010: “Fifty Years of Sport at Oxford, Cambridge, and the Great Public Schools” (Eton, Harrow, and Winchester). This is a set of 3 massive volumes, short folio size. The first 2 volumes (volume l of 332 pages, volume ll of 325 pages) were published together in 1913, and the third volume about the public schools (505 pages) came out in 1922. All 3 are bound in heavy red leather boards, gilt engraved on the spines, the crests of the various institutions heavily embossed in full colour on the front boards. The contents are a massive collection of sporting results between Oxford and Cambridge since results were first recorded, about 1850. Every possible form of sport is described, with results, photographs of many of the participants, match reports etc. Obviously Tennis and Rackets feature, as do Rugby, Football, Hockey, Golf, Field Sports, Boxing, Swimming, and Billiards. There are very substantial biographical sections at the end of all 3 volume, detailing every player mentioned in every sport. I really consider this is the finest and largest source of printed sporting results that I have ever seen. Postage will be substantial! £475/$700
011: “Hazard Choice” by Jeremy Potter; 1989 reprint; HB in DW; 192 pp. Real Tennis novel of murder mystery. £35/$50
012: “How Old is the Game of Racquets?” by Robert W. Henderson; 10 pages in large 8vo paperback. I think this is only the
second copy I have seen of this book in 16 years. It is a short but fascinating examination of how the game of Racquets/Rackets evolved until it became a recognised game in the 19th century. There are 3 very ancient engravings of a rudimentary form of the game, and notes on early text references. In very good condition; a useful addition to a library of Rackets books. £100/$150
013: “J.T. Faber Book of Tennis & Rackets” by Lord Aberdare; 2001 updated and revised edition; 415 pp; large format 4to in DW. I cant imagine a serious student of Real Tennis or Rackets not already having a copy of this marvellous book, but here is another opportunity, perhaps for Christmas. Wherever you play or used to play, it is bound to be here in the pages somewhere, and it is also the most interesting study of the two games ever published. It will be THE top source for years to come. £50/$75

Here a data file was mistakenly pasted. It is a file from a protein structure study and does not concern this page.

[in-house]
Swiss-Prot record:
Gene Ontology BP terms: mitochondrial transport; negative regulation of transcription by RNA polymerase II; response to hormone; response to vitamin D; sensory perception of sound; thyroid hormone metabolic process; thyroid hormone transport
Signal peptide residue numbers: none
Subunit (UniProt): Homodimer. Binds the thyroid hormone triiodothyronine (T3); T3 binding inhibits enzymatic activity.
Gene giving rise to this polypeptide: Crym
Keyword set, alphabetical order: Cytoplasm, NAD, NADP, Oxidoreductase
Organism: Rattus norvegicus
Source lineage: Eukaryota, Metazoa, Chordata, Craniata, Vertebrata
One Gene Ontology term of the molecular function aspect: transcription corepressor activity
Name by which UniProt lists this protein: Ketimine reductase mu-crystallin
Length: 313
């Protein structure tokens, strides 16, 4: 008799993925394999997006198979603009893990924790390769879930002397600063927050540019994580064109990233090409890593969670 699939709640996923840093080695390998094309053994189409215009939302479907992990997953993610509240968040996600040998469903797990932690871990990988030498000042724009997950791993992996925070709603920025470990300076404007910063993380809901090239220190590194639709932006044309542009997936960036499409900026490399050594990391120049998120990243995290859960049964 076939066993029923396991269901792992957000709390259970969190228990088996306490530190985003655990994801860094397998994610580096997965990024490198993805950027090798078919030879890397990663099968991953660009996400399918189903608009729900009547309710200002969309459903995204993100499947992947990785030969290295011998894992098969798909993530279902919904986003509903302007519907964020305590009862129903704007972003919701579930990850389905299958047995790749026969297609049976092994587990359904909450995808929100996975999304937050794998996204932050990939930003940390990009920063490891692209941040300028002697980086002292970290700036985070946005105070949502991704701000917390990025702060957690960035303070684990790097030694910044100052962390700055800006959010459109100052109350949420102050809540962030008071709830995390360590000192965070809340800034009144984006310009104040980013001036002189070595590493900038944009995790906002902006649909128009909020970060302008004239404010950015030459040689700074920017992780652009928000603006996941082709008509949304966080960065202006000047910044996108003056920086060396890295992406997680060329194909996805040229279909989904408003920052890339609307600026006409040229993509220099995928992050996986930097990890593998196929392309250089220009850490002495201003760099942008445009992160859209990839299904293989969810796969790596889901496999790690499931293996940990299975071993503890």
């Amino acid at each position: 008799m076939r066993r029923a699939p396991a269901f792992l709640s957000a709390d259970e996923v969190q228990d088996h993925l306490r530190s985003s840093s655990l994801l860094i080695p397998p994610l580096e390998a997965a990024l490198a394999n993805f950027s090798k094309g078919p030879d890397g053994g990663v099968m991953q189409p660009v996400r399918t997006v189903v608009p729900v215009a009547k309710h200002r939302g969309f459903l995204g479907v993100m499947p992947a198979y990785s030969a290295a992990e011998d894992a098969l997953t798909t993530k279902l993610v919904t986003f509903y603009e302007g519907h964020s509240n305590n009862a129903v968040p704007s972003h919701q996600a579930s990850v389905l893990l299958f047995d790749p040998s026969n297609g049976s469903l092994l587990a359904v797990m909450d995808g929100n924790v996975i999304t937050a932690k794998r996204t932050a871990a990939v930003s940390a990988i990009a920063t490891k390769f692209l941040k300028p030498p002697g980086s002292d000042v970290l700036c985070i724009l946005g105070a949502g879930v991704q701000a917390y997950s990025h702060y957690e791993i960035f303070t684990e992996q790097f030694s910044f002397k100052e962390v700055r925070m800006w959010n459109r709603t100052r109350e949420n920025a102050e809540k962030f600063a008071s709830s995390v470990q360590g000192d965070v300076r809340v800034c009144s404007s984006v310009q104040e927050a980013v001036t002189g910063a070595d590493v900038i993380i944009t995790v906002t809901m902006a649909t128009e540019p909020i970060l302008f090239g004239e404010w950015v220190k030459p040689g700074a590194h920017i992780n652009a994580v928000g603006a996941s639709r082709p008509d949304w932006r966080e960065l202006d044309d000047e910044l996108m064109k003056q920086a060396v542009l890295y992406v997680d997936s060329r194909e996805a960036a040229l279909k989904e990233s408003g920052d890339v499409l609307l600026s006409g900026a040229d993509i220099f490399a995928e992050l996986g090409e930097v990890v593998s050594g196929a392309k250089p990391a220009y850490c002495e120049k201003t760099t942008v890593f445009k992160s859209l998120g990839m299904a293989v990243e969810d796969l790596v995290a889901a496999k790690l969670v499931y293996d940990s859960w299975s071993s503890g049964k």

014: “Racquets, Tennis, and Squash” by Eustace Miles, M.A.,; 1st UK edition of 1902 in The Isthmian Library; 336 pages; a very thick 8vo presented in lovely green boards, externally gilt decorated. This is the first Racket Sports book of the 20th century, which was also published in the USA in 1903. Miles was a top player in each of these sports, both in the UK and the USA, where he was pro at the Tuxedo Club. There are 54 photographs and 16 diagrams, demonstrating the various shots. This is essentially an advanced coaching manual from a man who was one of the earliest writers on physical preparation for sports. £250/$375
015: “Tennis in Nederland tussen 1500 en 1800” by Cees de Bondt; 170 pages in 8vo PB. Two copies of this book sold quickly recently and here is a third. It tells the story of Le Jeu de Paume as it was played in Holland. It is meticulously researched and brilliantly illustrated with many engravings and photographs. Tennis as we know it now was very popular throughout much of Europe. I look forward to learning about an English translation, which would broaden its appeal. £40/$60

BOOKS ON FIVES: I have recently had a couple of requests for books on Fives, which for those of you who do not know, is a game played almost exclusively in England at some of the major public schools, hence Eton, Rugby and Winchester Fives. I have played and thoroughly enjoyed the game. Books on Fives can be counted on the fingers of two hands. Hands being relevant, as the game is played by two or four people wearing thick padded glovers with which they hit the ball in the court, which is rather smaller than a squash court. I have only seen one book solely on Fives, and that was extracted from a larger volume of several racket sports.
016: “An Illustrated History of Ball Games” by Viney & Grant; 1st edition of 1978; 210 pp in 8vo; HB in DW. The title says it all, and there are short sections on Tennis, Rackets and Fives including a nice engraving of an Eton Fives game. £20/$35
017: “Eton & Rugby Fives”; this is the entire section on Fives taken from the Lonsdale Library (see item 020 below), c1935; 96 pages 8vo; HB in DW. Although the title does not say it, Winchester Fives are also covered in some detail. £35/$50